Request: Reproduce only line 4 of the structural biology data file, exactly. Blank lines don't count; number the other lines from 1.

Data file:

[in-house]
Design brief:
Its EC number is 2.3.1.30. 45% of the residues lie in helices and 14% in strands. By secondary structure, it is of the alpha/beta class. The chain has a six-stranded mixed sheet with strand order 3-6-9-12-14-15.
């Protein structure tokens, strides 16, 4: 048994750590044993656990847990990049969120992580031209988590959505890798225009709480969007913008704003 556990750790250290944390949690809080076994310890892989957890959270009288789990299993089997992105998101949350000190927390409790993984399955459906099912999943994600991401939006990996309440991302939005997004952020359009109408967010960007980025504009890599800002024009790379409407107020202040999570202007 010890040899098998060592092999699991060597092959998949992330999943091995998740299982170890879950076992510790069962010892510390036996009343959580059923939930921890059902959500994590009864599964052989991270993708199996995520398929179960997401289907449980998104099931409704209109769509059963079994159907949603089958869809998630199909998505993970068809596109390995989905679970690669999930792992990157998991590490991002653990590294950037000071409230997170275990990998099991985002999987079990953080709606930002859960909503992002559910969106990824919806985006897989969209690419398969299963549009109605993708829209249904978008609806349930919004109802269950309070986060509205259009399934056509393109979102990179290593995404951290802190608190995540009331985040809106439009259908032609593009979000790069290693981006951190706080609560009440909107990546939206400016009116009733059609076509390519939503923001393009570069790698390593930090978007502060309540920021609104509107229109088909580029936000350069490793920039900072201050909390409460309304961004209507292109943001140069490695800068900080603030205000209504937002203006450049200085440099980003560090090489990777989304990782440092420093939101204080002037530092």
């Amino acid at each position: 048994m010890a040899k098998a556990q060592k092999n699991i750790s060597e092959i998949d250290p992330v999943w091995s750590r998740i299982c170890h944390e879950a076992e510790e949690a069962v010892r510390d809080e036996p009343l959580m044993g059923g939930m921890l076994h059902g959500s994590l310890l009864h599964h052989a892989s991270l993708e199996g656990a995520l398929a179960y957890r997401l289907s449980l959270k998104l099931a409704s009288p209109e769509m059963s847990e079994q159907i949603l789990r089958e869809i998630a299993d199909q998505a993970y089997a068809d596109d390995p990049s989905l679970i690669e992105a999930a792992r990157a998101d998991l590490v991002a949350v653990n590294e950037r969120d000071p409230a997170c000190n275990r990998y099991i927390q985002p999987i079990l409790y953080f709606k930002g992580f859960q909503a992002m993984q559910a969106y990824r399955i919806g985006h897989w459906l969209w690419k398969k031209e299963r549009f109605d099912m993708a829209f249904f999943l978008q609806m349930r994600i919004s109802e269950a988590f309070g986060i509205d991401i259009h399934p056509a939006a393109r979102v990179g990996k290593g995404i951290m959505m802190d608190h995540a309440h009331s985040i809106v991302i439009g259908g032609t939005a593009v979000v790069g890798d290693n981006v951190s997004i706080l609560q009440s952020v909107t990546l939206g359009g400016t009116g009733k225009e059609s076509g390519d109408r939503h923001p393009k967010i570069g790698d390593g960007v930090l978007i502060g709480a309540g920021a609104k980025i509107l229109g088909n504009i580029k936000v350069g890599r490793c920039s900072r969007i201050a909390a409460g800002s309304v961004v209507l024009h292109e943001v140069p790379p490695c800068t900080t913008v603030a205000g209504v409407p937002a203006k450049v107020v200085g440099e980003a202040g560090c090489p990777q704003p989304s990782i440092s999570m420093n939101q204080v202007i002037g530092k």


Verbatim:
């Protein structure tokens, strides 16, 4: 048994750590044993656990847990990049969120992580031209988590959505890798225009709480969007913008704003 556990750790250290944390949690809080076994310890892989957890959270009288789990299993089997992105998101949350000190927390409790993984399955459906099912999943994600991401939006990996309440991302939005997004952020359009109408967010960007980025504009890599800002024009790379409407107020202040999570202007 010890040899098998060592092999699991060597092959998949992330999943091995998740299982170890879950076992510790069962010892510390036996009343959580059923939930921890059902959500994590009864599964052989991270993708199996995520398929179960997401289907449980998104099931409704209109769509059963079994159907949603089958869809998630199909998505993970068809596109390995989905679970690669999930792992990157998991590490991002653990590294950037000071409230997170275990990998099991985002999987079990953080709606930002859960909503992002559910969106990824919806985006897989969209690419398969299963549009109605993708829209249904978008609806349930919004109802269950309070986060509205259009399934056509393109979102990179290593995404951290802190608190995540009331985040809106439009259908032609593009979000790069290693981006951190706080609560009440909107990546939206400016009116009733059609076509390519939503923001393009570069790698390593930090978007502060309540920021609104509107229109088909580029936000350069490793920039900072201050909390409460309304961004209507292109943001140069490695800068900080603030205000209504937002203006450049200085440099980003560090090489990777989304990782440092420093939101204080002037530092």